NOMAD 17(1), 2012. Methodological issues when studying the relationship between reading and solving mathematical tasks

Skapad: 2012-09-17. Ändrad: 2013-02-05  

NOMAD 17(1), 2012. Methodological issues when studying the relationship between reading and solving mathematical tasks

Methodological issues when studying the relationship between reading and solving mathematical tasks

Magnus Österholm and Ewa Bergqvist

Abstract

In this paper we examine four statistical methods used for characterizing mathematical test items regarding their demands of reading ability. These methods rely on data of students’ performance on test items regarding mathematics and reading and include the use of regression analysis, principal component analysis, and different uses of correlation coefficients. Our investigation of these methods focuses on aspects of validity and reliability, using data from PISA 2003 and 2006. The results show that the method using principal component analysis has the best properties when taking into account aspects of both validity and reliability.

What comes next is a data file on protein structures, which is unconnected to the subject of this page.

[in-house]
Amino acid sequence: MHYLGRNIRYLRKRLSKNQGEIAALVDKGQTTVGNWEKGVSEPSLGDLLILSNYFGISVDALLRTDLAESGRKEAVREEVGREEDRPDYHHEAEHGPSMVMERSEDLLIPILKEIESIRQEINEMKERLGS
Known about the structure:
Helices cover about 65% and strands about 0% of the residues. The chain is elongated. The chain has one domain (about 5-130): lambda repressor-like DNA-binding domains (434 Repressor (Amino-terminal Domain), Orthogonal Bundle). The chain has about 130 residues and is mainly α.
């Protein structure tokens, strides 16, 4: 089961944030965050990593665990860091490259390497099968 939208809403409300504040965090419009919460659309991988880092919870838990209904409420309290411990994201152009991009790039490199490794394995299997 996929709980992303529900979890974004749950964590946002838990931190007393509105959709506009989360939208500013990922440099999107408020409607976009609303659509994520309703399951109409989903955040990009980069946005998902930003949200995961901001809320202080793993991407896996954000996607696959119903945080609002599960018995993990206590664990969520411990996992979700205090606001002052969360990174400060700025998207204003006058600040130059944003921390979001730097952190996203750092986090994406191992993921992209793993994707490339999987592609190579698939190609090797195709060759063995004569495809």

Magnus Österholm

Magnus Österholm has a PhD in mathematics education from Linköping University and now works as a research fellow at the Department of Science and Mathematics Education at Umeå University. He is also a member of Umeå Mathematics Education Research Centre (UMERC). During 2011 and 2012 he is a visiting scholar at Monash University in Melbourne, Australia. His research interests deal primarily with mathematics education at the upper secondary and university levels, where cognitive and metacognitive perspectives are of special interest, together with studying language and communication in the learning and teaching of mathematics.

Ewa Bergqvist

Ewa Bergqvist has a PhD in mathematics education from Umeå University and is an assistant professor at the Department of Science and Mathematics Education at Umeå University. She is a member of Umeå Mathematics Education Research Centre (UMERC) and a teacher in mathematics education for pre-service mathematics teachers. Her research focuses mainly on language, competencies, and reasoning in upper secondary and university level mathematics.